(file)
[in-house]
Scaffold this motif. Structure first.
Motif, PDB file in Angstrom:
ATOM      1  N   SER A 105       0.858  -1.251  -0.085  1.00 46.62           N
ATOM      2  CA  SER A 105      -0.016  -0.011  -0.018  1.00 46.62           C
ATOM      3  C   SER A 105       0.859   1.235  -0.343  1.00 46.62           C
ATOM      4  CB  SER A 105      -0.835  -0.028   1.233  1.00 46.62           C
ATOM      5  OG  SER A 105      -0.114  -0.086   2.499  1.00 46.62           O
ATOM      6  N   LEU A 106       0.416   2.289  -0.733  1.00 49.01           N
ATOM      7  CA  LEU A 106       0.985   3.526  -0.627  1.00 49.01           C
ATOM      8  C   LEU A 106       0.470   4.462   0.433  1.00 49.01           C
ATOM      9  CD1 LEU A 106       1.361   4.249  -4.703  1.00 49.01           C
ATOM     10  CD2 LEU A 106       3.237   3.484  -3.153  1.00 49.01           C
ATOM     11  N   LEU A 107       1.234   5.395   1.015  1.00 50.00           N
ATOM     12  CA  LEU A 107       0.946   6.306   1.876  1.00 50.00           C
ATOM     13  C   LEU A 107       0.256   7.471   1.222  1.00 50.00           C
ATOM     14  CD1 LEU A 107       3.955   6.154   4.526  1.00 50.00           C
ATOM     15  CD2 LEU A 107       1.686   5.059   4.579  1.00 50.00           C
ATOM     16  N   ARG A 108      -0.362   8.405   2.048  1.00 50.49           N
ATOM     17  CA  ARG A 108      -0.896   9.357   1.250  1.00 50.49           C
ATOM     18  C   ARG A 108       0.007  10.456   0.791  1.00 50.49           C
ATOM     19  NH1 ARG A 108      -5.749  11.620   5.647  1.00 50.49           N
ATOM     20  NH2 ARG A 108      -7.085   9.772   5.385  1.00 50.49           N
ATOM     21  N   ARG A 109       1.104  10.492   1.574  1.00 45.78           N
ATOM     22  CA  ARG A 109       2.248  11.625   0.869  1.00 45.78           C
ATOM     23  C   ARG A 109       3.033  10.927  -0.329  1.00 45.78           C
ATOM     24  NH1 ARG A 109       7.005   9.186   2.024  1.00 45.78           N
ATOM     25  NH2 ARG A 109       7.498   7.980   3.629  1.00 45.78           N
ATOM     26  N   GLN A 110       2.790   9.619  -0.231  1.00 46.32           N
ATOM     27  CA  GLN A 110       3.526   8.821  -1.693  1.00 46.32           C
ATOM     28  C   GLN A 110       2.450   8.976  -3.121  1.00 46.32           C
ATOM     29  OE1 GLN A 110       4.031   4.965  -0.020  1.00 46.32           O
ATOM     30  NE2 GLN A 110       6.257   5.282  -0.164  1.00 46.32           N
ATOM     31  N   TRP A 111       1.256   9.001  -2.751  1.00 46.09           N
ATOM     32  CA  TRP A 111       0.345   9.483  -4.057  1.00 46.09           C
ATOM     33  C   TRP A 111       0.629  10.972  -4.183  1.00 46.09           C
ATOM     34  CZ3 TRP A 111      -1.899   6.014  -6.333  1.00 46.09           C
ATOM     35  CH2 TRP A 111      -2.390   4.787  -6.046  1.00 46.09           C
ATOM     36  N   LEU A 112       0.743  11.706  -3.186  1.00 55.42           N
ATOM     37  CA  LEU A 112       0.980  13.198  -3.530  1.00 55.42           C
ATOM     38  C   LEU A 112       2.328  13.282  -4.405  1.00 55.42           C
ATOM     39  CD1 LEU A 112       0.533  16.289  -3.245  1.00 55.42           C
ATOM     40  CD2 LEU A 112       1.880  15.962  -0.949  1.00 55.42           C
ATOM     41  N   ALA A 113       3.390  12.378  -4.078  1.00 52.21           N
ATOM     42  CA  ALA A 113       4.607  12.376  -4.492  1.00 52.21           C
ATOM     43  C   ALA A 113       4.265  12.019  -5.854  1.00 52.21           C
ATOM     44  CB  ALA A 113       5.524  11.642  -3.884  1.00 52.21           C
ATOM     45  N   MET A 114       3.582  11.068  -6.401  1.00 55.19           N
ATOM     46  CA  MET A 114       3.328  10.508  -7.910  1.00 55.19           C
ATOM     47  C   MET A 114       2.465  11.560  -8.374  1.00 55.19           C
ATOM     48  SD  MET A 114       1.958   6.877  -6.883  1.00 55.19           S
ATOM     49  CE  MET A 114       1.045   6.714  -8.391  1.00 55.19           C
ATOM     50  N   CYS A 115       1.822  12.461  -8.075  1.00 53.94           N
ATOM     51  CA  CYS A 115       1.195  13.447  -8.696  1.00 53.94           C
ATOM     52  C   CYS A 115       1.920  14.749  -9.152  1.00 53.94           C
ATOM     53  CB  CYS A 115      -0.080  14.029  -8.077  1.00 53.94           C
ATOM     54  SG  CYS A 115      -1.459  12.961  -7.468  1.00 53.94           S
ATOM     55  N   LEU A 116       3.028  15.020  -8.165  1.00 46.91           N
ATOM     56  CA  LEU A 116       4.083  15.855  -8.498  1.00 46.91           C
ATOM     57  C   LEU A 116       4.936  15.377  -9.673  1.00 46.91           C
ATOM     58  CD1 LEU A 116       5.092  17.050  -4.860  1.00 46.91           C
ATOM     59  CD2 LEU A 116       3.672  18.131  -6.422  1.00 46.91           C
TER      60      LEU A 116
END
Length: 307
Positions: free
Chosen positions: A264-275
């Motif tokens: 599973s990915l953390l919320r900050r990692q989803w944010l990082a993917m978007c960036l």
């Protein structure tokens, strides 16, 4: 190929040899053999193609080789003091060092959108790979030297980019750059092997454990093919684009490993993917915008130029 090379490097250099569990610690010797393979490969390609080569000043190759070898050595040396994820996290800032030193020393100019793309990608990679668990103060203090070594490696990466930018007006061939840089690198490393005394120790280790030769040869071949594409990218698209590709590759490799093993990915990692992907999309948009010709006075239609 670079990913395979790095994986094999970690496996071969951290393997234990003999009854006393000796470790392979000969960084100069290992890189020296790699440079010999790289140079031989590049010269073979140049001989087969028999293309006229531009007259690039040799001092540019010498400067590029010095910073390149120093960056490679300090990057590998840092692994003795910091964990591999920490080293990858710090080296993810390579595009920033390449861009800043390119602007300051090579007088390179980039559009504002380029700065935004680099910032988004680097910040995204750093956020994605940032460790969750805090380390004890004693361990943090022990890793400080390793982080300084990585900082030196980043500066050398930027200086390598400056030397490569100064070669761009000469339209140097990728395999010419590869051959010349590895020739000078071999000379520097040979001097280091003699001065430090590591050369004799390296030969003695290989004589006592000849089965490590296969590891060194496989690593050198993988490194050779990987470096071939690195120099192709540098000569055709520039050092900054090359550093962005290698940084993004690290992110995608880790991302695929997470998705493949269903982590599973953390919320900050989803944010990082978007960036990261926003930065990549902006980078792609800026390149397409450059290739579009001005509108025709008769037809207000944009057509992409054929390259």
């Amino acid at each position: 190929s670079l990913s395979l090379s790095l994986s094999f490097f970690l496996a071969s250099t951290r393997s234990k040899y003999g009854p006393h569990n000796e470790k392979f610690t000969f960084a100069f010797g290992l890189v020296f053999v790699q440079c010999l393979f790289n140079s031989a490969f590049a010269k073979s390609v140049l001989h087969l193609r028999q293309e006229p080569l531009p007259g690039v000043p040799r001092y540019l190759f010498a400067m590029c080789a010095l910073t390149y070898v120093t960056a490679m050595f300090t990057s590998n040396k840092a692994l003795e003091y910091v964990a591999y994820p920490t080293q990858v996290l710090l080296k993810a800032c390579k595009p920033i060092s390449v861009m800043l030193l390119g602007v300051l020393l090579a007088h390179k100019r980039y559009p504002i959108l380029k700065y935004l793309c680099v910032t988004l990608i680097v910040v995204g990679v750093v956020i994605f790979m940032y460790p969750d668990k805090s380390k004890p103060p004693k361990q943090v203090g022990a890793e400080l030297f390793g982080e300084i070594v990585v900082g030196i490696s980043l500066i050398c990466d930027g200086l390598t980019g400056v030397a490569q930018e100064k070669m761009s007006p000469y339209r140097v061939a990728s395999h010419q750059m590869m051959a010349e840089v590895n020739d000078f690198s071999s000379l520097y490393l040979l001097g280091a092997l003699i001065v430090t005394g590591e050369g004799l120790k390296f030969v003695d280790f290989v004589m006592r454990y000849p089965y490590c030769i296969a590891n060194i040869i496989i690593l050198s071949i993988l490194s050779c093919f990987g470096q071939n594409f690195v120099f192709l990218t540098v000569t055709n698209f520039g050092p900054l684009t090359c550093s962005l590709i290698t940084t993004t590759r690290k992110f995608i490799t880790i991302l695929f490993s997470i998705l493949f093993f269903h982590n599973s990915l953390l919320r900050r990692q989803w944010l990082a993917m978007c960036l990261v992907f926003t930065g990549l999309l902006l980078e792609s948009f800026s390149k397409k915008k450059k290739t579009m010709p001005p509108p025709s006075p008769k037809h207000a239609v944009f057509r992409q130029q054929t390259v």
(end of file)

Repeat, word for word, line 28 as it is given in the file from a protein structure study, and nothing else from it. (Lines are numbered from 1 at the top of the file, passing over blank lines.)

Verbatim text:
ATOM     25  NH2 ARG A 109       7.498   7.980   3.629  1.00 45.78           N